BROWN (CHRISTY) The personal and family archive of the Irish author and painter Christy Brown, comprising papers, paintings, books and personal effects
Lot 184
BROWN (CHRISTY)
The personal and family archive of the Irish author and painter Christy Brown, comprising papers, paintings, books and personal effects
Sold for £37,500 (US$ 63,030) inc. premium
Lot Details
Property of the Family of Christy Brown
BROWN (CHRISTY)
The personal and family archive of the Irish author and painter Christy Brown, comprising papers, paintings, books and personal effects, including: (i) Pediscripts, Manuscripts and Typescripts

Early copybook containing "Poems of a Primitive", unpublished poems dictated to his brothers, which pre-date My Left Foot; a group of nearly thirty poems in manuscript and typescript; two unpublished typescript short stories; the publication typescript of his last novel, A Promising Career, with covering letters by his publishers, etc.; typescript of an unpublished play, Mrs Brennan; some 100 pages of partial drafts and segments of mostly unidentified prose works, typescripts with revisions and deletions, including a draft of the second part of A Shadow On Summer (14 pages), and about 80 pages of mainly discarded or rewritten pages from prose works, some with notes by Christy Brown or his editor David Farrer, with deletions etc.; typescript drafts of sections of several of his later novels; 27 typescript poems sent to Katriona Maguire (and dated by her); other poems sent to his brother Sean; cyclostyled text of the BBC adaption of My Left Foot, broadcast in 1954 (but not longer extant, with neither recording nor text held by the BBC today); and other material

(ii) Letters to and from Katriona Maguire

Over 40 letters by Christy Brown to Katriona Delahunt (later Maguire), the social worker who was the first outside the family to foster Christy Brown's talents as an artist and writer by regular visits and bringing him painting and writing materials, five written with his left foot, with 33 typed with his left foot c. 1946-76, plus a watercolour inscribed to her in 1945, ("...I am writing this letter with a mixed feeling of regret and determination: regret as this is the last letter I shall write for the next five years; determined to write the next letter with my hands. Am I mad, you wonder? The answer is no. I flew to London with my mother yesterday...") [he had been advised to stop using his left foot, with a view to developing his control over his other limbs] ("...Dear Katriona, I have finally concluded that, after all these years of friendship and affinity, I'm entitled to call you that! I mean, it is rather absurd for me to address you as 'Mrs. Maguire' for the rest of my life, isn't it? You'd feel strange calling me 'Mr. Brown', wouldn't you? So, may I be allowed to call my greatest friend by her Christian name?.../ ... Of course I will try to have a story for you by Wednesday, & here's hoping it will do. I will be only too glad to help you at Marrowbone Lane whenever I can at any time.../ ...But the story [discussing his friendship with Beth Moore] needs some telling, dear friend, and this is neither the time nor the mood nor the moment in which to embark upon the telling. Besides I am really not sure of you: I mean of your capacity to understand all that has been going on in my inner, emotional and intensely private life..."); with a group of Katriona Maguire's letters to Christy Brown [see also below]; also included is a letter by Christy Brown's father to her, dated 24 April 1945 ("...Christy is Praying very hard for you... he is Painting a Picture for you Miss Delahunt wee are very lonely here as Mrs Brown is Back in Hospital...") ending with a postscript by Christy; with it is a covering note of 2013 by Katriona to his sister Anne ("...I am enclosing a letter of your father to me perhaps you would put it into Christy's Archive...")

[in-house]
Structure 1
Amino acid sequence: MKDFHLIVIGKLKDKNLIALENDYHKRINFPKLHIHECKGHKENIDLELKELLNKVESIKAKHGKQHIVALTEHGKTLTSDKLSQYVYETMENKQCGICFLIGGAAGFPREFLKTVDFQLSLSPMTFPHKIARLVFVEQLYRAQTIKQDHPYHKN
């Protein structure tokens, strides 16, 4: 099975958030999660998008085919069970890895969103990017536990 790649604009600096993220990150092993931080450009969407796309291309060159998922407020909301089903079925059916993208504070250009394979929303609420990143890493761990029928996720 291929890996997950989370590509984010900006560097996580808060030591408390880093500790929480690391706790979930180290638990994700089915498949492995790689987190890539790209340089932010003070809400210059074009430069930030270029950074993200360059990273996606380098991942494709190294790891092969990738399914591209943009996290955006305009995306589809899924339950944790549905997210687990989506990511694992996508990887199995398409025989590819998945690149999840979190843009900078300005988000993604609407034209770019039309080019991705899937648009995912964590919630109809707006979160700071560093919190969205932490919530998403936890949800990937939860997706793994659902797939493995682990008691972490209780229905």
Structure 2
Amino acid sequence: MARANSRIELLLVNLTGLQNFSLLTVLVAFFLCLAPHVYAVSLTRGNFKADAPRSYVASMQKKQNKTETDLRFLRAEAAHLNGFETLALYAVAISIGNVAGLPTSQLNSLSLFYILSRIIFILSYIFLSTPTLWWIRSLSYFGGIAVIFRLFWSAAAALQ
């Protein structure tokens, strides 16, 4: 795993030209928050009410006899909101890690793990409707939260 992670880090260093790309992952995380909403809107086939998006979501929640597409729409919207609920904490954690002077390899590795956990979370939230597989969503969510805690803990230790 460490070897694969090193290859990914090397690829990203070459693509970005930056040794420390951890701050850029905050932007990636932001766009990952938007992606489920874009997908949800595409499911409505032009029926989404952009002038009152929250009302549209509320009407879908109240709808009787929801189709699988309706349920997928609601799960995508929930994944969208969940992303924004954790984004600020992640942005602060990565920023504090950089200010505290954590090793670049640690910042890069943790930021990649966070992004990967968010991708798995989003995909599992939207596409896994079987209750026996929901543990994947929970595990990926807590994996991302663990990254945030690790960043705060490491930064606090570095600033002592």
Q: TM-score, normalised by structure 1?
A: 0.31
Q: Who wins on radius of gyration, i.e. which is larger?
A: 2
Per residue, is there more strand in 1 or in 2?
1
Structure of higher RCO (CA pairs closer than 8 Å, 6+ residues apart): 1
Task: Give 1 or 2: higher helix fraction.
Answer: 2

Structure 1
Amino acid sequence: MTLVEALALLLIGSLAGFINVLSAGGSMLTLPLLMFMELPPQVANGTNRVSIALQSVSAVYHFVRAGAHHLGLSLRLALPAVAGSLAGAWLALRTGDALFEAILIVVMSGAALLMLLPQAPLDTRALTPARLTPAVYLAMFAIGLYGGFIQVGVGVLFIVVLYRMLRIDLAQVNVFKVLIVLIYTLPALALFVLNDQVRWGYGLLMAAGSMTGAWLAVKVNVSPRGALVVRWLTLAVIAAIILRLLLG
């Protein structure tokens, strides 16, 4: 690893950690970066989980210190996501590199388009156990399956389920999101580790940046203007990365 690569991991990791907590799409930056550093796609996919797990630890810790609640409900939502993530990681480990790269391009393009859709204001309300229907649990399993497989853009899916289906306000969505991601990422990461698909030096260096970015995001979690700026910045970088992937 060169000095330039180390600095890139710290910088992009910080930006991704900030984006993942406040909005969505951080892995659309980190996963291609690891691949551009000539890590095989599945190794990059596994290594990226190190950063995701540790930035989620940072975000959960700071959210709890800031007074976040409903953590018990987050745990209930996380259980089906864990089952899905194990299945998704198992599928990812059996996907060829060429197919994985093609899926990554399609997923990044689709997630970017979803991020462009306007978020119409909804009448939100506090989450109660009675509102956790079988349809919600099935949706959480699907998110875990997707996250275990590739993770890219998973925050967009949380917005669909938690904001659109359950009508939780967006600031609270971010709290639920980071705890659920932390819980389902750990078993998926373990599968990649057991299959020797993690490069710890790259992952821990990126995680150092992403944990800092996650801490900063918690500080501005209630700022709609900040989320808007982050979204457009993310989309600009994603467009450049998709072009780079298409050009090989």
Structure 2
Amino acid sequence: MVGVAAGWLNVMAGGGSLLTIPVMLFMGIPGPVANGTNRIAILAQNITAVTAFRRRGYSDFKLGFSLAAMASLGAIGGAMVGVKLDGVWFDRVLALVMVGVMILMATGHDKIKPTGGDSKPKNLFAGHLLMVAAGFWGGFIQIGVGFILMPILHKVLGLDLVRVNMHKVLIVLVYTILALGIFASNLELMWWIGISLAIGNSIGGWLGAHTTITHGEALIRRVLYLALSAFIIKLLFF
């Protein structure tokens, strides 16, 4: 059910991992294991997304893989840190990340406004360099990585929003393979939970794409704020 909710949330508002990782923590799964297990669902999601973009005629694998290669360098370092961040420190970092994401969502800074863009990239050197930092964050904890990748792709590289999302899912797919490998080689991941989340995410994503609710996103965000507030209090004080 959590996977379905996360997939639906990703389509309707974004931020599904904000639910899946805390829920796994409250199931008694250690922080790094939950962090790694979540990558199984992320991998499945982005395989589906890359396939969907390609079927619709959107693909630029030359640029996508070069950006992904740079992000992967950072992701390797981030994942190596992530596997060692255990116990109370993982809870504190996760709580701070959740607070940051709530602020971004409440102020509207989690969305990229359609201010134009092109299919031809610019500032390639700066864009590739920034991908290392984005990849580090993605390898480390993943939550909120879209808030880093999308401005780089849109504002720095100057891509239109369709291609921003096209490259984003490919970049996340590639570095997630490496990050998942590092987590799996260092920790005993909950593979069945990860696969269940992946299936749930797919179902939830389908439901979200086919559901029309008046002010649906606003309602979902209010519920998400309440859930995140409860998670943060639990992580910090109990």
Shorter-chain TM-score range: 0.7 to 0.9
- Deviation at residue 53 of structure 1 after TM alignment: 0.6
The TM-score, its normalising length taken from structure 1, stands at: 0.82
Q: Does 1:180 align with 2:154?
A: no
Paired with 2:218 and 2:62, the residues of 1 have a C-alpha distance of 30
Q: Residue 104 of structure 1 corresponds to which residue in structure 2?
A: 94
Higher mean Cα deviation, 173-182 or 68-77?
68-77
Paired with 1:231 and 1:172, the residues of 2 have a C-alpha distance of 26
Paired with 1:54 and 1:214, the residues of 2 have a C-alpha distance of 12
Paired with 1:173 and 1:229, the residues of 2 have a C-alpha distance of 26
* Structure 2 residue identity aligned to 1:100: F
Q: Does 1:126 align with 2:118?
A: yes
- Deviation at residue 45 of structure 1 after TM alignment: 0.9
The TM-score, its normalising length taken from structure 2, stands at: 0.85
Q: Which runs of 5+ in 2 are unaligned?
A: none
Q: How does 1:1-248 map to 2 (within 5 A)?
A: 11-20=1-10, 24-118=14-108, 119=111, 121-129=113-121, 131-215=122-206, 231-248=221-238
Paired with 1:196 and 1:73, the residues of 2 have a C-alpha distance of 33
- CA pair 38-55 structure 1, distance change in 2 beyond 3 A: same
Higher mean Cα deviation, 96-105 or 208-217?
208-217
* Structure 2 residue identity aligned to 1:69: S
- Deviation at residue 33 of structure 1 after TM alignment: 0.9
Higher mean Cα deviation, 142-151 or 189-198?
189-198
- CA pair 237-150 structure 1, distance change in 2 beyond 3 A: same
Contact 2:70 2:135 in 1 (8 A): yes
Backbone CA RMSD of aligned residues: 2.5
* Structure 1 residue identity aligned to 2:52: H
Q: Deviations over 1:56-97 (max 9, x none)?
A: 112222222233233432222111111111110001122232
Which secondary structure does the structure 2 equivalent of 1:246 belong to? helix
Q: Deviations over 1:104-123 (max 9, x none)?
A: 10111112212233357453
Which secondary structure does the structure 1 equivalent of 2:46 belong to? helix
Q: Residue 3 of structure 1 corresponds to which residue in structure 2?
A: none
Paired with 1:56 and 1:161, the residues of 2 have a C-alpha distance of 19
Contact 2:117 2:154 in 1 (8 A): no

(iii) Letters by Christy Brown

Collection of letters to his brother Sean, his mother and other family members, two foot-written, the rest typed ("...Suddenly life is rather beautiful, rather exciting, rather crammed with bright expectations... David Farrer [of Secker & Warburg] is absolutely convinced this book [Down All the Days] is really going to be something of a literary earthquake... he really thinks it is going to hit the world straight between the eyes. I go one better than that: I think it will hit the world slap-bang between the bollicks..."); including the cyclostyled letter to Willie, Jeanie and Erin, dated 26 August 1981, an extraordinary utterance de profundis, written eleven days before his death: "the simple truth of the matter is that I just don't want to quit, I don't want to be 'cured' or rehabilitated, I am in love with the whole process of inebriation and shun all semblance of 'normal' life like the plague. For me a higher plane of consciousness via the bottle is not very far removed from Nirvana or complete oblivion, for then at least I can lose the tangled and precarious state of 'sanity' I find myself enmeshed in at so-called waking moments and which I'm beginning more and more to dread and detest. From being merely maudlin once upon a time in my cups I'm becoming increasingly aggressive, destructive and positively violent, making entirely unprovoked assaults on Mary and furniture in my booze-laden rages. It's a deplorable situation and one that cannot go on indefinitely; I'm sickenly aware of what the consequences are bound to be, but amazingly I don't seem to care or at any rate will let myself care. I'm just not the man I used to be, whoever that was I've only dim recollections of that individual now, like an old friend I used to know and like with whom I've lost all contact, a memory lost to quote John Clare, another bedevilled soul who knew the insides of hell quite intimately"